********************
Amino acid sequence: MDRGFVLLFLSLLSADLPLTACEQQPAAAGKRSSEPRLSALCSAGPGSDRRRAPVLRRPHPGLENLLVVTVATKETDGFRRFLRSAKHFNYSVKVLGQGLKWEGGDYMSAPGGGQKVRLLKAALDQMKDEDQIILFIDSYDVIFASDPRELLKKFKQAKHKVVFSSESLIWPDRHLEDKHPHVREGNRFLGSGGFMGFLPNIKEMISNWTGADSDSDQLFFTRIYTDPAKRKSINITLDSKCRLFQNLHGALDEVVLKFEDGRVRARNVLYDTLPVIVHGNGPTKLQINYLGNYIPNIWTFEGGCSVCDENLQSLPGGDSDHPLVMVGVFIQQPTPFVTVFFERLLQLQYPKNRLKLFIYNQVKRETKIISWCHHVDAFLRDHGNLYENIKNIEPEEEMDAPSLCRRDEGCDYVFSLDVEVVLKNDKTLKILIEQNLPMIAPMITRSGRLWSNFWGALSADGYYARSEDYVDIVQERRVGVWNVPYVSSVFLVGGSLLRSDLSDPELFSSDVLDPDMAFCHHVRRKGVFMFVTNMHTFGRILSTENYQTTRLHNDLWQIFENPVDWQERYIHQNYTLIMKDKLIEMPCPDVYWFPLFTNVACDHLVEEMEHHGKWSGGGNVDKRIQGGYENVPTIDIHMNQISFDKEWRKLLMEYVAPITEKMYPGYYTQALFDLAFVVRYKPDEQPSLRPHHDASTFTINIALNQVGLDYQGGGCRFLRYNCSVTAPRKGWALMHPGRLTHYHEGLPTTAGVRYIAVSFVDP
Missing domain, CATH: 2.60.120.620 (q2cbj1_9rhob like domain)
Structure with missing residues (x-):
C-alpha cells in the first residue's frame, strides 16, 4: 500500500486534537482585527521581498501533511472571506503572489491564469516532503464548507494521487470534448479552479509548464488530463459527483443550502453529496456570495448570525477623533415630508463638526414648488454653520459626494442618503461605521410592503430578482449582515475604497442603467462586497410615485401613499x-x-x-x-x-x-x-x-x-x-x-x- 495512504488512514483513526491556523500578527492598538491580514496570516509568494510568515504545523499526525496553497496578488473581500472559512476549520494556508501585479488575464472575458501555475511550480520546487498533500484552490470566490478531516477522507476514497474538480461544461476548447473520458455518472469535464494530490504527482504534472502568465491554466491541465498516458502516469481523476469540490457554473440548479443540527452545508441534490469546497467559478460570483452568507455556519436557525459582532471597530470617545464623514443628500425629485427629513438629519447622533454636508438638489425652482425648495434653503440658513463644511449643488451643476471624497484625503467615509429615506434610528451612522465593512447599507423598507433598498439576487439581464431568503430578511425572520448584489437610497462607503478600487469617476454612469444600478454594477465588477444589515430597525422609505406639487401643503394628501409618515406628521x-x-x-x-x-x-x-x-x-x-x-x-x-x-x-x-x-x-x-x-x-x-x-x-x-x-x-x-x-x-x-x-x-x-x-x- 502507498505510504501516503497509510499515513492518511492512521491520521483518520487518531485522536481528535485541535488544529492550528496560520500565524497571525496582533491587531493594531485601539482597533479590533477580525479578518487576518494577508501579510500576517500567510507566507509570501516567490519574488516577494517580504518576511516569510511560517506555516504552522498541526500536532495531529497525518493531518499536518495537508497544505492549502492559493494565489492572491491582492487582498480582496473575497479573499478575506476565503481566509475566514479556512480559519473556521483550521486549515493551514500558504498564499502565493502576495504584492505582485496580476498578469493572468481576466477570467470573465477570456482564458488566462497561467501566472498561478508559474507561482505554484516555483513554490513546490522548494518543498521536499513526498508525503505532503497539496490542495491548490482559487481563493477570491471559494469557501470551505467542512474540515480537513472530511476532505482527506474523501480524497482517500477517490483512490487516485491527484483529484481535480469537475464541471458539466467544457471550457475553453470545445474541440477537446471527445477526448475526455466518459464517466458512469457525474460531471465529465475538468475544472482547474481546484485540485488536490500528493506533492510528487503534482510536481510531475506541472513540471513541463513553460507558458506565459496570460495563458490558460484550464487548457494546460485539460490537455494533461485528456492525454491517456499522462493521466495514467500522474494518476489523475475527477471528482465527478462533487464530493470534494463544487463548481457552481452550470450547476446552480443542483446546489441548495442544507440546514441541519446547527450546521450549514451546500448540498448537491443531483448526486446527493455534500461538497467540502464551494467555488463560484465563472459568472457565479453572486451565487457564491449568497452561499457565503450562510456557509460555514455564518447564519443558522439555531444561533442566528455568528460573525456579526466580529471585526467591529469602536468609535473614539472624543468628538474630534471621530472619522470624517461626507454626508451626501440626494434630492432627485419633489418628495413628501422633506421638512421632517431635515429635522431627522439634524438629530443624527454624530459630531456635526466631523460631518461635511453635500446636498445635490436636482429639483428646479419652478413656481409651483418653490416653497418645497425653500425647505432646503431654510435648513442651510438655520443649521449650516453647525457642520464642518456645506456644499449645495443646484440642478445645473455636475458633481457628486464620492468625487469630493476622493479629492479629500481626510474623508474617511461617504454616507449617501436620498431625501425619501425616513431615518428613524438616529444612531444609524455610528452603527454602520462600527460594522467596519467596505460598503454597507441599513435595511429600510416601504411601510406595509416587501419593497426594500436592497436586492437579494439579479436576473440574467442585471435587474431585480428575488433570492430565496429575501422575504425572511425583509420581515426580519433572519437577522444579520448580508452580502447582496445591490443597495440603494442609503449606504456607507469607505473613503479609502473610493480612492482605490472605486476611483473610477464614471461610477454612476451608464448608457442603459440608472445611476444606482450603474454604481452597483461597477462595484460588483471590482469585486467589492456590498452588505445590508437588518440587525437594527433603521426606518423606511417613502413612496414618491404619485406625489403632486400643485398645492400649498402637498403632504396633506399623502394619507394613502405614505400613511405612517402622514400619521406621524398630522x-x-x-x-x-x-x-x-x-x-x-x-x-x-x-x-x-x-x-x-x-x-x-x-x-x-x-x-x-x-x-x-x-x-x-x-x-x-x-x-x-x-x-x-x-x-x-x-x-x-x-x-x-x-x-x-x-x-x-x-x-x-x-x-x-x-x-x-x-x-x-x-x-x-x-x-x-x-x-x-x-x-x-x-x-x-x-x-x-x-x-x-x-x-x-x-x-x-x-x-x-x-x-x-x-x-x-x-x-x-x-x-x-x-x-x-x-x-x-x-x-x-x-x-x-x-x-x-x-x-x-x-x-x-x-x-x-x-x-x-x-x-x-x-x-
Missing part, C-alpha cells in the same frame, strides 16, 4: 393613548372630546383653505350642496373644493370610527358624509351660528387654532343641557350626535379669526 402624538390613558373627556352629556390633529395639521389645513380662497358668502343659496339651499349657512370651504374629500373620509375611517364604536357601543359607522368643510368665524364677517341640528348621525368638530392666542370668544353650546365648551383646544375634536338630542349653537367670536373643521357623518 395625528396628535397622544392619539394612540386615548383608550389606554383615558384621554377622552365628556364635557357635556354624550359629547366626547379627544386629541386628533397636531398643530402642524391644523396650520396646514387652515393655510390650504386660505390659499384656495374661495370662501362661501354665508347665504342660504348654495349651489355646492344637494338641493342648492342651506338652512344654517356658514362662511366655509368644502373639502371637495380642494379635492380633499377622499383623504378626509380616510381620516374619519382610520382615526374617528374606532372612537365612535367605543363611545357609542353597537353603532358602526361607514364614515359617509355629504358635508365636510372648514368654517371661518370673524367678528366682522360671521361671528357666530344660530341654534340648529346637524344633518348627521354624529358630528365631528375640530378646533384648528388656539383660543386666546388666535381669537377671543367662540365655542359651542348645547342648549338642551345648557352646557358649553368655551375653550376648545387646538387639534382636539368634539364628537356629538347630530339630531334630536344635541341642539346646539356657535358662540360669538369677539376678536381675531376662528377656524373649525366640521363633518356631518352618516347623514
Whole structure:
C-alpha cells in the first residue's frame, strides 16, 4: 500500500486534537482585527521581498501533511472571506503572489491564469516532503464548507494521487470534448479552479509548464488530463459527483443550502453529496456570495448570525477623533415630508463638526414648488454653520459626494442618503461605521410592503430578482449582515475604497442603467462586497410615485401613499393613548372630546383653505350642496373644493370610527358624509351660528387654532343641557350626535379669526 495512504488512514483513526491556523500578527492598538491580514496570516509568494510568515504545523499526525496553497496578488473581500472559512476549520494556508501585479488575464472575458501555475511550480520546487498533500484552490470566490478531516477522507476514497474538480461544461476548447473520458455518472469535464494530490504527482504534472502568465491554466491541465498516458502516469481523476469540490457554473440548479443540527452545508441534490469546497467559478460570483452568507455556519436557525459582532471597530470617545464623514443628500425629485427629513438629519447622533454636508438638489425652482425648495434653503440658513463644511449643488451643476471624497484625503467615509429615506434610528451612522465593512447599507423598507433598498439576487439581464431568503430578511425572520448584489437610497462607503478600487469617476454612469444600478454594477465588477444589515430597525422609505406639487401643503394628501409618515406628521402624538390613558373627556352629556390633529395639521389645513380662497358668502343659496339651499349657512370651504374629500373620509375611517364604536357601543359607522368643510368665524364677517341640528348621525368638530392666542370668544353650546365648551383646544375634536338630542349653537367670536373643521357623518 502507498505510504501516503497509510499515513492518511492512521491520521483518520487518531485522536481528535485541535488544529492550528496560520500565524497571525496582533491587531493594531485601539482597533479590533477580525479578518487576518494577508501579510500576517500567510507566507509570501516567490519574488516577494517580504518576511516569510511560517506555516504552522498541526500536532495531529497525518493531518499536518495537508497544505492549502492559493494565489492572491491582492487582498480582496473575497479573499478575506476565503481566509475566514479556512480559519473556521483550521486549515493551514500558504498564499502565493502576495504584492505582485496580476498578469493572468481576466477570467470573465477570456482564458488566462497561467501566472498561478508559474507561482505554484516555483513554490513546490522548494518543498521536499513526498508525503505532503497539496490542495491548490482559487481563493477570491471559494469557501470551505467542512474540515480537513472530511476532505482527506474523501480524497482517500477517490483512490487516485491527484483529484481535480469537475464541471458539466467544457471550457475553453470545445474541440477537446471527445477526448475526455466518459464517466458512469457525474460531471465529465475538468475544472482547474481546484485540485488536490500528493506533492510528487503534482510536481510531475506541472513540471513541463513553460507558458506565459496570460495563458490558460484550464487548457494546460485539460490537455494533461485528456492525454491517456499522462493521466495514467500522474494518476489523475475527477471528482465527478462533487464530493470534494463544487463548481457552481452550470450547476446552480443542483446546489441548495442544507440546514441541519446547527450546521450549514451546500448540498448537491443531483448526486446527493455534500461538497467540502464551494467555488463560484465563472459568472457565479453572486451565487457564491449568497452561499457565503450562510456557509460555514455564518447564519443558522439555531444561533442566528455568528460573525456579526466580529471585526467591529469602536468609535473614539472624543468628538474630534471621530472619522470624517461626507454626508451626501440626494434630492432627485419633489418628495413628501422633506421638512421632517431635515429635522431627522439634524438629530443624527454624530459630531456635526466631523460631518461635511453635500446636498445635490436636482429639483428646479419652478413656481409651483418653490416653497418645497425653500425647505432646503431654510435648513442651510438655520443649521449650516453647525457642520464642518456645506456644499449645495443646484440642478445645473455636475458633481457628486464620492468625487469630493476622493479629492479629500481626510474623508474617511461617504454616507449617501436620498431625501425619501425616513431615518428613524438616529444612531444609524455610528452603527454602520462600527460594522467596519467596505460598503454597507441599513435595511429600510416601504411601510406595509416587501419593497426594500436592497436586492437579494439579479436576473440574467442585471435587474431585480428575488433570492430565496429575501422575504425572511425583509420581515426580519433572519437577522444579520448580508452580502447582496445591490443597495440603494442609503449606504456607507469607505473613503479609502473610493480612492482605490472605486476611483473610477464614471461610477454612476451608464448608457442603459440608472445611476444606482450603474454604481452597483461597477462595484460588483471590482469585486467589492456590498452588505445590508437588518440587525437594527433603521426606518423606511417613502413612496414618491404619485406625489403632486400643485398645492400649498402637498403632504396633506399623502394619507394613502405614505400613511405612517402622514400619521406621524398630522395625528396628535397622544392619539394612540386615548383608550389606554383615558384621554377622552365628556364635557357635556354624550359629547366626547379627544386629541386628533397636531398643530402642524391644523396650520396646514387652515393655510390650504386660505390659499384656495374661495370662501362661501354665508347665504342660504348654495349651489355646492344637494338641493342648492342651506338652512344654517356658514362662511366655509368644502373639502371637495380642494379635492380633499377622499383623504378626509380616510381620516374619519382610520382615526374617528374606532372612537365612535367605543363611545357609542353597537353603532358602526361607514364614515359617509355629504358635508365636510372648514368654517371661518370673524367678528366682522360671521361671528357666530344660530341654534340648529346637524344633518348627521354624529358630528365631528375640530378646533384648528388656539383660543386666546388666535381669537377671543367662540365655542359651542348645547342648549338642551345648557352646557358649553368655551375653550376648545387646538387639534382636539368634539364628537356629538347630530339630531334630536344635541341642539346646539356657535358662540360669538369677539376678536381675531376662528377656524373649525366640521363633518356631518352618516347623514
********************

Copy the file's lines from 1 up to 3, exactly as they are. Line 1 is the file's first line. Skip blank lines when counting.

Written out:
Amino acid sequence: MDRGFVLLFLSLLSADLPLTACEQQPAAAGKRSSEPRLSALCSAGPGSDRRRAPVLRRPHPGLENLLVVTVATKETDGFRRFLRSAKHFNYSVKVLGQGLKWEGGDYMSAPGGGQKVRLLKAALDQMKDEDQIILFIDSYDVIFASDPRELLKKFKQAKHKVVFSSESLIWPDRHLEDKHPHVREGNRFLGSGGFMGFLPNIKEMISNWTGADSDSDQLFFTRIYTDPAKRKSINITLDSKCRLFQNLHGALDEVVLKFEDGRVRARNVLYDTLPVIVHGNGPTKLQINYLGNYIPNIWTFEGGCSVCDENLQSLPGGDSDHPLVMVGVFIQQPTPFVTVFFERLLQLQYPKNRLKLFIYNQVKRETKIISWCHHVDAFLRDHGNLYENIKNIEPEEEMDAPSLCRRDEGCDYVFSLDVEVVLKNDKTLKILIEQNLPMIAPMITRSGRLWSNFWGALSADGYYARSEDYVDIVQERRVGVWNVPYVSSVFLVGGSLLRSDLSDPELFSSDVLDPDMAFCHHVRRKGVFMFVTNMHTFGRILSTENYQTTRLHNDLWQIFENPVDWQERYIHQNYTLIMKDKLIEMPCPDVYWFPLFTNVACDHLVEEMEHHGKWSGGGNVDKRIQGGYENVPTIDIHMNQISFDKEWRKLLMEYVAPITEKMYPGYYTQALFDLAFVVRYKPDEQPSLRPHHDASTFTINIALNQVGLDYQGGGCRFLRYNCSVTAPRKGWALMHPGRLTHYHEGLPTTAGVRYIAVSFVDP
Missing domain, CATH: 2.60.120.620 (q2cbj1_9rhob like domain)
Structure with missing residues (x-):